[Sca-cooks] Historical Apples

Johnna Holloway johnnae at mac.com
Sun Oct 26 14:41:35 PDT 2008

I just did a major article on apples. (It's still in press, so I can't
refer anyone to a link yet.)
One thing that I noted was that the
number of commercial varieties is perhaps 10% of the number of varieties
that might be grown in a state. Perhaps 14 are grown commercially out of 100
or more found in the state.
Martha Stewart did an article in the October issue on heirloom apples
and included a list of pick your own antiquarian apple orchards--

Perhaps the judges wanted a sentence in the documentation that read--
"I do not live on a farm or have sufficient land to cultivate my own produce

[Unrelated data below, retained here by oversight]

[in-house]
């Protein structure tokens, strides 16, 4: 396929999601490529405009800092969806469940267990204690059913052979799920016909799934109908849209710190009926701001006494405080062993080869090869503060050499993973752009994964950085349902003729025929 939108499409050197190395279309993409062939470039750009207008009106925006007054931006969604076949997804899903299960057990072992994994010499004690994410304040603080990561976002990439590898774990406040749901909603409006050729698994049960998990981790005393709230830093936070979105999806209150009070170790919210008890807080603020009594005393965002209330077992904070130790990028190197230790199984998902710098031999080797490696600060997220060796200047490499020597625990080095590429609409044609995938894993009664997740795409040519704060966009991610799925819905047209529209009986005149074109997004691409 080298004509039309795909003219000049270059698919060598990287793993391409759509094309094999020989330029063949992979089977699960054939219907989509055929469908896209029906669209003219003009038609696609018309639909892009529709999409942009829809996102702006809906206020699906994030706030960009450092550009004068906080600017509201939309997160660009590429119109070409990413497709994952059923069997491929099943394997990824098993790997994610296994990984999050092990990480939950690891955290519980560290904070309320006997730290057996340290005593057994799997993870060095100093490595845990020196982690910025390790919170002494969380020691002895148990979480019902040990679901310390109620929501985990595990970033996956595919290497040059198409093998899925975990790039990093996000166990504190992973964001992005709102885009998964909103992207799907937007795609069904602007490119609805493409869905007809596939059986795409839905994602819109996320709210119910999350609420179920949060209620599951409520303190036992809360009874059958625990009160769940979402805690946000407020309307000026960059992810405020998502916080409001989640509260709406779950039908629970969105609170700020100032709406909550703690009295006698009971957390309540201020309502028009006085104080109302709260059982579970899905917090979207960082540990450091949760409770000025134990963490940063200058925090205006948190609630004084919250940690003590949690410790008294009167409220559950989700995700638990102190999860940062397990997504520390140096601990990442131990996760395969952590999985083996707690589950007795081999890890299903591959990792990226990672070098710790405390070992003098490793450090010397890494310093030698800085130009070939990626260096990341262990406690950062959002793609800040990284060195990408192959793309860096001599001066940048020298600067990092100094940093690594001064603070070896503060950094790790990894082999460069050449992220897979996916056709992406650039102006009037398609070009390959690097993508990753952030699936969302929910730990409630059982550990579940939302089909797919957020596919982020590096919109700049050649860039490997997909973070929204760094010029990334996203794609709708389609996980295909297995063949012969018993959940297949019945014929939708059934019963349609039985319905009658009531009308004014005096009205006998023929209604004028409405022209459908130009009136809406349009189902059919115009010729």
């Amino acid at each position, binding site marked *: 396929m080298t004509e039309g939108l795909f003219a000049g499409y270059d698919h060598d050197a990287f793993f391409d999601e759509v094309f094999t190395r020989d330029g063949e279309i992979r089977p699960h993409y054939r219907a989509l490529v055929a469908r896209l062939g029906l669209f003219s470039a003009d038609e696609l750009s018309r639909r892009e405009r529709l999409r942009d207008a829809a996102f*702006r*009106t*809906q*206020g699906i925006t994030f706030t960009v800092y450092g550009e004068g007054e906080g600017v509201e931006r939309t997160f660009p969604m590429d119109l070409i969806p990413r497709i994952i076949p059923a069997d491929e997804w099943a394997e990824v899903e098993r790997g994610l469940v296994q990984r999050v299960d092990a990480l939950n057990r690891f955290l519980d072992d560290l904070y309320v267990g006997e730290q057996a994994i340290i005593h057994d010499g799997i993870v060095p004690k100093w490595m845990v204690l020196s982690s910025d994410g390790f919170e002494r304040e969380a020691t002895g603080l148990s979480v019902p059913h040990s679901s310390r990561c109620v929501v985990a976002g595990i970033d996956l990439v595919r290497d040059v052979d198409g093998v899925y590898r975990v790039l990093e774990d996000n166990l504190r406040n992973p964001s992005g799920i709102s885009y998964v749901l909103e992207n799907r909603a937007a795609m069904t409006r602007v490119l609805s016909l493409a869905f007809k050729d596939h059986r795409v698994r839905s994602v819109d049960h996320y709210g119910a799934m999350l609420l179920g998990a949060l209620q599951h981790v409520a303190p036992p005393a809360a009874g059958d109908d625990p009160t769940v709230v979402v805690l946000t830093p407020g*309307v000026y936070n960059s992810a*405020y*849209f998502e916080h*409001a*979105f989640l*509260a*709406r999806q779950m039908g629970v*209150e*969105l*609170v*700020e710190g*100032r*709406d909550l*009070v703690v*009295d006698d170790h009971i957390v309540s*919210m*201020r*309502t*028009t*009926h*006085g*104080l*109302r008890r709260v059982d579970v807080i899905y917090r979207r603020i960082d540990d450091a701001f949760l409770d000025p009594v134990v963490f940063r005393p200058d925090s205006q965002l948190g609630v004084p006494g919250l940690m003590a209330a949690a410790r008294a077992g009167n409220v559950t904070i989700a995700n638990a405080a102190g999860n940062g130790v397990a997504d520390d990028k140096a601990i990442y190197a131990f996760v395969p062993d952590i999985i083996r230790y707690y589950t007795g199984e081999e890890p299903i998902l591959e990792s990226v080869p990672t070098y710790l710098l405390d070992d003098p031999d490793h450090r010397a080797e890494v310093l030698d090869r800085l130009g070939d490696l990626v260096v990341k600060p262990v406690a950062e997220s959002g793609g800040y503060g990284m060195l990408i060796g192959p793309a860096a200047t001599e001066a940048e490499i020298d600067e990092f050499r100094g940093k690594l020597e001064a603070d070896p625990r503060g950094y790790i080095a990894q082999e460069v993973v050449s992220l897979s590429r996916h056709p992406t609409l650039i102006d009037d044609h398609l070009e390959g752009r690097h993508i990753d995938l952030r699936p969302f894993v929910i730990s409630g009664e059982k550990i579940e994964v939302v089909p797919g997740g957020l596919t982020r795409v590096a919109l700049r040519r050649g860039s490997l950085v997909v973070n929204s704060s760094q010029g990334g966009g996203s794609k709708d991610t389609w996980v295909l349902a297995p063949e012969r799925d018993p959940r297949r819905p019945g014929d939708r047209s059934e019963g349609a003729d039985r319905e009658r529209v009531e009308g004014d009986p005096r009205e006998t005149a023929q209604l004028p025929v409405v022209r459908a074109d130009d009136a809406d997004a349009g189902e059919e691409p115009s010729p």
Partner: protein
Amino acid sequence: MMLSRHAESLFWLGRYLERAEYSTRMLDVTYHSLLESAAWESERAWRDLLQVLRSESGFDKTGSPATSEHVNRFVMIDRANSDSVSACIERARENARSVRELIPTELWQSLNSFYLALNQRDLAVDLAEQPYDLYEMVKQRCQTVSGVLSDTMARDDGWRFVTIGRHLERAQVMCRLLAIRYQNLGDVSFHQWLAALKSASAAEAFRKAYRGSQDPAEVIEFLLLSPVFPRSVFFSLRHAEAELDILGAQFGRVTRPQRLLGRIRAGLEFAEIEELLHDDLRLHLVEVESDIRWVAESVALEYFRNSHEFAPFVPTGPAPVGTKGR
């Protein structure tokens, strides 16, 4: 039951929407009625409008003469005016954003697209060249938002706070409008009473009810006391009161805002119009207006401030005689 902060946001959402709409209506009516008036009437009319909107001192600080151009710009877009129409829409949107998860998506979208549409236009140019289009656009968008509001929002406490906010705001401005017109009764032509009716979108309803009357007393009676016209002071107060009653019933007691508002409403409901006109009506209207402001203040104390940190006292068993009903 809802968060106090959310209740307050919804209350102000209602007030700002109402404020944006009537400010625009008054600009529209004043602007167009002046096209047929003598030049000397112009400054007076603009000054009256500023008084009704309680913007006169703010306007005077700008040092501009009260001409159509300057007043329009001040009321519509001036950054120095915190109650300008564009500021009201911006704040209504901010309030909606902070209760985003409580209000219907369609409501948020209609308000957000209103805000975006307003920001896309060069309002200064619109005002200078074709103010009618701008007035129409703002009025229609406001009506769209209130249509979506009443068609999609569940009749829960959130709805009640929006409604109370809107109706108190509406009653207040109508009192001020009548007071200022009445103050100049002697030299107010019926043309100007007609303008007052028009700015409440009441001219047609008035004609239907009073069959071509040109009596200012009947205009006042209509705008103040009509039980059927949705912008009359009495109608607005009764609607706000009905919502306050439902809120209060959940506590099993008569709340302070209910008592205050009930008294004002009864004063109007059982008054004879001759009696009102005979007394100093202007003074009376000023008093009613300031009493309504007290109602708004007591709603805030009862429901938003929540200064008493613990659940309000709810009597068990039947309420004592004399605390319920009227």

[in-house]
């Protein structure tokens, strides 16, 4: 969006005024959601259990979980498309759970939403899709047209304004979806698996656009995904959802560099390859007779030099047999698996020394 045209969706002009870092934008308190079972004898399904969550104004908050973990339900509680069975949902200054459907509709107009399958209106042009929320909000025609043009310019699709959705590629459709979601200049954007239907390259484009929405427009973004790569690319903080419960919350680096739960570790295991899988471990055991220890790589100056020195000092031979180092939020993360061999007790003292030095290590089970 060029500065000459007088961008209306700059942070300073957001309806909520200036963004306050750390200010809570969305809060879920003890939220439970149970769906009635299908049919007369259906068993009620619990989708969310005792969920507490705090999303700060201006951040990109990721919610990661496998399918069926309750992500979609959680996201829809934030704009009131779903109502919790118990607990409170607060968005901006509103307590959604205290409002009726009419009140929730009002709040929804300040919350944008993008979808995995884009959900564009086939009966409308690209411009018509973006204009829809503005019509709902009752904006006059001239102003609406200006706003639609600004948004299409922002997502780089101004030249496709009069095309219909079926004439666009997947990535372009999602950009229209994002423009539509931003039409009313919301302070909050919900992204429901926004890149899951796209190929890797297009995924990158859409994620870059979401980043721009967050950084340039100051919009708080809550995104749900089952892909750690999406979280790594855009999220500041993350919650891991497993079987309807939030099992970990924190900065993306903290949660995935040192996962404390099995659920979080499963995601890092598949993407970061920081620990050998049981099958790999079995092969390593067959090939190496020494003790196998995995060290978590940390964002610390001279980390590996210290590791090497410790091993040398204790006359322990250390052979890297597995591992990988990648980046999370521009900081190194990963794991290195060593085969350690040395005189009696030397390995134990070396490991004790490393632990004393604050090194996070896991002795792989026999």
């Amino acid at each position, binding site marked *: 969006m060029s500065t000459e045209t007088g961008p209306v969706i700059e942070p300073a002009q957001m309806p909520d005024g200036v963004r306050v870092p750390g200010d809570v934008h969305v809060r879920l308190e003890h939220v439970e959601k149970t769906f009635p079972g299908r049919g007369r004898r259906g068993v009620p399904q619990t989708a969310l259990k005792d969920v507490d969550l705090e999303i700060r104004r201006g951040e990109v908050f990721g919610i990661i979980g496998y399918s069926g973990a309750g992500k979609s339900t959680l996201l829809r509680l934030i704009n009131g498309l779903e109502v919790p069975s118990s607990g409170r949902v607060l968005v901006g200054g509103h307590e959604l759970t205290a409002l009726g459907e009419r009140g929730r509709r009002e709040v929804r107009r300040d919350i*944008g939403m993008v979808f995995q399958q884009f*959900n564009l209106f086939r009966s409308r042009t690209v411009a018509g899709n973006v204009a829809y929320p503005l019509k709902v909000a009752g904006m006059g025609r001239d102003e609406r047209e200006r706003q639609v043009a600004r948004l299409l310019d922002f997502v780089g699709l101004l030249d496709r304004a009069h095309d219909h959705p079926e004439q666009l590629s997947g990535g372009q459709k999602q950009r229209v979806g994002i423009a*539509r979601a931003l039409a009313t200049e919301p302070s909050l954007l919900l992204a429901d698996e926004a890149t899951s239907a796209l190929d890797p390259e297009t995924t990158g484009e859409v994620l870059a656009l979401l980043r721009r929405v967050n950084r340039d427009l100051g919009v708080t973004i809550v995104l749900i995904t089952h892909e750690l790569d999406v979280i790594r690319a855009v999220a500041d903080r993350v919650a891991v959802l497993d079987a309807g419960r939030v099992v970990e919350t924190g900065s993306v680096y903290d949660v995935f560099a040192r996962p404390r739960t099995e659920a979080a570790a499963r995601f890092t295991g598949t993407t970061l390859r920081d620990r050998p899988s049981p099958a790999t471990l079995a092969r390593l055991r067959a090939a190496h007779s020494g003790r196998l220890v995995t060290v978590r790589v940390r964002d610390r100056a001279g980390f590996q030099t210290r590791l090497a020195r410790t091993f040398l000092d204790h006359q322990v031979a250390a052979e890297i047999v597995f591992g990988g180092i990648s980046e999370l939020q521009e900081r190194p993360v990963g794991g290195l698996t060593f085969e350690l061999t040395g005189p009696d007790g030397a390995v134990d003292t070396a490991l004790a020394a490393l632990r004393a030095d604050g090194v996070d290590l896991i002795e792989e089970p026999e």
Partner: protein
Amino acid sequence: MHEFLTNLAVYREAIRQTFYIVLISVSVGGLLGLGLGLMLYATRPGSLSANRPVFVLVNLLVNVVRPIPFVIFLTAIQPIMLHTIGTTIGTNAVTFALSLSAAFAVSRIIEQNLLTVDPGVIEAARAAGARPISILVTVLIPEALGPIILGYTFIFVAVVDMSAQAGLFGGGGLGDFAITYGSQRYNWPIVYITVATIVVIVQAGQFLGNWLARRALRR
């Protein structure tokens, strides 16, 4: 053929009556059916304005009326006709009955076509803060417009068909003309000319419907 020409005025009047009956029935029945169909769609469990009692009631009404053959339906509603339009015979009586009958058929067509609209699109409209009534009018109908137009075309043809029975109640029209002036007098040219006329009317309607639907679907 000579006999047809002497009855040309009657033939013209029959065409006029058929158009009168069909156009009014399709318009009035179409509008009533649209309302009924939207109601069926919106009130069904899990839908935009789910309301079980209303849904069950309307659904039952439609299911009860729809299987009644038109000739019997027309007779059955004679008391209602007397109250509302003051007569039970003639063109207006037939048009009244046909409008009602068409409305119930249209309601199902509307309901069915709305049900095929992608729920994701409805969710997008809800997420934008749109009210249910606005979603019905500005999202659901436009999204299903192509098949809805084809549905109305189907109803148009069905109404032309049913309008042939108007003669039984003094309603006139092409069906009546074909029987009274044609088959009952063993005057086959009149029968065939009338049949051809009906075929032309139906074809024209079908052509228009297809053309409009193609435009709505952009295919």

and meats. Also lacking a 15th (14th, 16th, substitute as needed) market 
I used products from the local organic
market and superorganic mart."

This reminds me that I also have a list of mid 17th century French apple 
that I need to shape into an article. .... always another article

Lilinah wrote:
> Apples are so common... and yet... i know that many of the varieties 
> most commonly found in the supermarket are fairly recent hybrids. And 
> i have trouble finding many of the apples i remember from 40 years 
> ago. I've read that modern apples are being bred to be sweeter and 
> sweeter, although we can still find some tart apples in the supermarket.
> This curiosity was brought on by a recent cooking competition in which 
> a couple judges were complaining that an entrant had not use period 
> apples, as if we can find them in the supermarket. snipped
> So, what varieties are available today (without growing one's own) 
> that are period or close to period? Are Pippins as close as we can 
> get? (crab apples are an awful lot of work for a feast)

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